Community members discuss juvenile solitary confinement

Juvenile+solitary+confinement+was+the+topic+of+the+discussion+panel+held+at+City+College+on+Friday%2C+Nov.+13+at+the+Atkinson+Gallery.+Speakers+shared+their+personal+experiences+about+isolation+confined+in+a+cell.

Melissa Troeller

Juvenile solitary confinement was the topic of the discussion panel held at City College on Friday, Nov. 13 at the Atkinson Gallery. Speakers shared their personal experiences about isolation confined in a cell.

KENSEY THIERRY, Channels Staff

City College hosted an open discussion on campus to address the affects and experiences of people in the juvenile justice system.

It was held in the Atkinson Gallery at 4 p.m. on Nov. 13 for students, professors, judges, attorneys, psychiatrists and former inmates, and was part of a series following Richard Ross’s Isolation exhibit inside of the Atkinson Gallery.

Retired FBI agent Tom Parker described his interactions with juvenile youths and his feelings towards solitary confinement.

“I’ve seen a lot of kids in trouble.” he said. “You can only imagine the impact [solitary confinement] can have on people.”

The panel was orchestrated by the Freedom4Youth organization that helps youths in the juvenile justice system grow into well-rounded individuals so they can be successful outside of confinement.

The attendants were served appetizers before they began to take their seats in the outdoor arrangement overlooking the hills of Santa Barbara.

The crowd became silent as Yaskin Solano, City College student and board member of Freedom4Youth, began the discussion. He started the panel by speaking about his past experience inside of a juvenile detention center. He described his experience as feeling extremely isolated even after he was released.

Solano is involved with Freedom4Youth and was introduced to the founder Billi Jo Starr at the Los Prietos Boys Camp where Solano was detained.

Judge Frank Ochoa followed, acknowledging how the lack of limitations for the use of solitary confinement is a main contributor to the issue.

“Sometimes a time-out is warranted for people and sometimes people need a break to think about what they are doing but there have to be limitations and that is what this legislation is about. It’s about providing limitations to isolation, monitoring isolation and controlling the circumstances,” Ochoa said.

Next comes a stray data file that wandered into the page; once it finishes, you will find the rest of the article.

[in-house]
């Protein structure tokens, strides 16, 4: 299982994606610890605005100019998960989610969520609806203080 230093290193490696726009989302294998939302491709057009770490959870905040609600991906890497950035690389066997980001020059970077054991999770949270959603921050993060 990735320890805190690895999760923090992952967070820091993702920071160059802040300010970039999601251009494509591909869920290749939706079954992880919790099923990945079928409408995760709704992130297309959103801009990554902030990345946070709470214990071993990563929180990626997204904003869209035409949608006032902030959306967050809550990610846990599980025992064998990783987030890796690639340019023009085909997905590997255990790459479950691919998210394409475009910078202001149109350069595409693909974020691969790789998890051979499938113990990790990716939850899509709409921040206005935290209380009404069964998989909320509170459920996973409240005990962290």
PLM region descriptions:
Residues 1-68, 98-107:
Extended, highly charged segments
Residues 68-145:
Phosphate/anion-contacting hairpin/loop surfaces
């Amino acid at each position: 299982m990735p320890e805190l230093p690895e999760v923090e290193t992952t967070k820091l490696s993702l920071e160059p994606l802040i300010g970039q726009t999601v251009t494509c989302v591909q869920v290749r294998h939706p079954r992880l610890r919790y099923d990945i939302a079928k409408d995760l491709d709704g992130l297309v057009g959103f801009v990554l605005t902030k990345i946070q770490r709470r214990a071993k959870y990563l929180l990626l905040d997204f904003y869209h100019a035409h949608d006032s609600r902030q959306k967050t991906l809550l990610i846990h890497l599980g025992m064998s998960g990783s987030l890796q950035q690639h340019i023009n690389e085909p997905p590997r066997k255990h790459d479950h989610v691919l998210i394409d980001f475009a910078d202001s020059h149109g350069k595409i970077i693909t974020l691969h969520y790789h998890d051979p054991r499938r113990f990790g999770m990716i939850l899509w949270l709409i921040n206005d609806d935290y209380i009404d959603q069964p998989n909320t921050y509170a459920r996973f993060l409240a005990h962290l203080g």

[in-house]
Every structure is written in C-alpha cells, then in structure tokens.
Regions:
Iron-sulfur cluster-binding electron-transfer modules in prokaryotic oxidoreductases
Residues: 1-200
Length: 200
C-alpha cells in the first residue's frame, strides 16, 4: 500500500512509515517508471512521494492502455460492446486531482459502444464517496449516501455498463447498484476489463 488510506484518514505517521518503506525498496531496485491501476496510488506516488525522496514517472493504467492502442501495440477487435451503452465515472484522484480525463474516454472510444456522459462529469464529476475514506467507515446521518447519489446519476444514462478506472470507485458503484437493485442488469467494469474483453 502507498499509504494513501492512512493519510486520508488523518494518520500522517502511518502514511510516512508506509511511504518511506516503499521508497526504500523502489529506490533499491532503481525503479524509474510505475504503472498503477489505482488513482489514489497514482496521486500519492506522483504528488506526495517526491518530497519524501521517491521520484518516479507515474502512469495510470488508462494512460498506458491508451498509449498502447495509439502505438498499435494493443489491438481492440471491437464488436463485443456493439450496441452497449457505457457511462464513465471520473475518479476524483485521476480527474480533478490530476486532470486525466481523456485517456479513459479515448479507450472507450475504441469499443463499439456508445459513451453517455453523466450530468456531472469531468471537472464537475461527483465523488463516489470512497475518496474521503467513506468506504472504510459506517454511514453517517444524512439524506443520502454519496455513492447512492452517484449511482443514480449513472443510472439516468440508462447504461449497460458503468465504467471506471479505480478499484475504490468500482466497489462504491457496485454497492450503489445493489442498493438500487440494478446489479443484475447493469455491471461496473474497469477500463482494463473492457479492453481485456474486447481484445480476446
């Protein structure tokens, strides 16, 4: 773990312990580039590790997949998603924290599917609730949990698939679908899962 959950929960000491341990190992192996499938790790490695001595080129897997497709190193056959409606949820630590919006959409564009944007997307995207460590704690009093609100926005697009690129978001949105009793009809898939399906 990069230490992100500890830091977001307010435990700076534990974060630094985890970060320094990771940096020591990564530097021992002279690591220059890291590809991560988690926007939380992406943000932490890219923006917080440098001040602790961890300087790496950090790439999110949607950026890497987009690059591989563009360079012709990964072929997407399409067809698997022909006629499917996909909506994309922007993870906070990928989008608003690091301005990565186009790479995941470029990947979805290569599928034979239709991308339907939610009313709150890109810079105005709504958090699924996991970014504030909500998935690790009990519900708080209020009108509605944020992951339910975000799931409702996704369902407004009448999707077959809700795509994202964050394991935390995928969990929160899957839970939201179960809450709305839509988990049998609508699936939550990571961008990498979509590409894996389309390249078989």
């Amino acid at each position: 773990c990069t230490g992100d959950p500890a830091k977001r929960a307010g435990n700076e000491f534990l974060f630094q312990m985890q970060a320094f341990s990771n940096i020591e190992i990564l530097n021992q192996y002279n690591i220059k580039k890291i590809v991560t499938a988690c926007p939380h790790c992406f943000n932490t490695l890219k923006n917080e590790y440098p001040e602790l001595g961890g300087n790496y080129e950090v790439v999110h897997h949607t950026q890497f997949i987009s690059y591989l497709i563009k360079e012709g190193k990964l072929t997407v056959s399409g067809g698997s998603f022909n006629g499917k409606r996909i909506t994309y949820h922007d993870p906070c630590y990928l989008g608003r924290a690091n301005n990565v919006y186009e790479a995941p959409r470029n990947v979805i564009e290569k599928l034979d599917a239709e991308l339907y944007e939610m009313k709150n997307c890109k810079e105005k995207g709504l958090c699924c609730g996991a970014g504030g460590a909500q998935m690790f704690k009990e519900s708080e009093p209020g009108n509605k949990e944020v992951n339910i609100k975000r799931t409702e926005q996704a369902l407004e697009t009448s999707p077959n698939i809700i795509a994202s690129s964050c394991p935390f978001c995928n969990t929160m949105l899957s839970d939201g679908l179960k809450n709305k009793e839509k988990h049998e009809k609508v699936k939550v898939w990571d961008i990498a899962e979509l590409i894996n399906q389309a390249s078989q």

Attorney Tara Haaland-Ford has met many youths who have been inside of solitary confinement for a long period of time, including a 15-year-old who was held in isolation for eight weeks.

“Isolation has lasting, awful, long-term effects on people,” Haaland-Ford said. ”Isolation is killing their potential for change.”

As the night became colder the conversations from the panel became heated as Manny Raya, former inmate and philosophy professor at City College, discussed his views on isolation with immense passion.

Dr. Glenn Miller, child, adolescent and adult psychiatrist, spoke about the psychological effects of isolation and how isolation can severely damage a person’s psychological state.

“Isolation makes people who have never been challenged with mental disorders present as though they are mentally ill,” he said. “The type of paranoia and psychosis that occurs in stimuli deprivation for up to 23 hours of day causes people to present with a mental disability. It’s horrible.”

Co-Founder of Transitions Martin Leyva also accompanied the panel discussion and focused primarily on what the public can do to change the use of solitary confinement.

“We can change the way the government applies force to the people, we can make it better,” she said. “It’s our duty to provide a place that will shelter and protect our youths.”

Editors Note: A previous version of this article was published prior. The Channels apologizes for any confusion.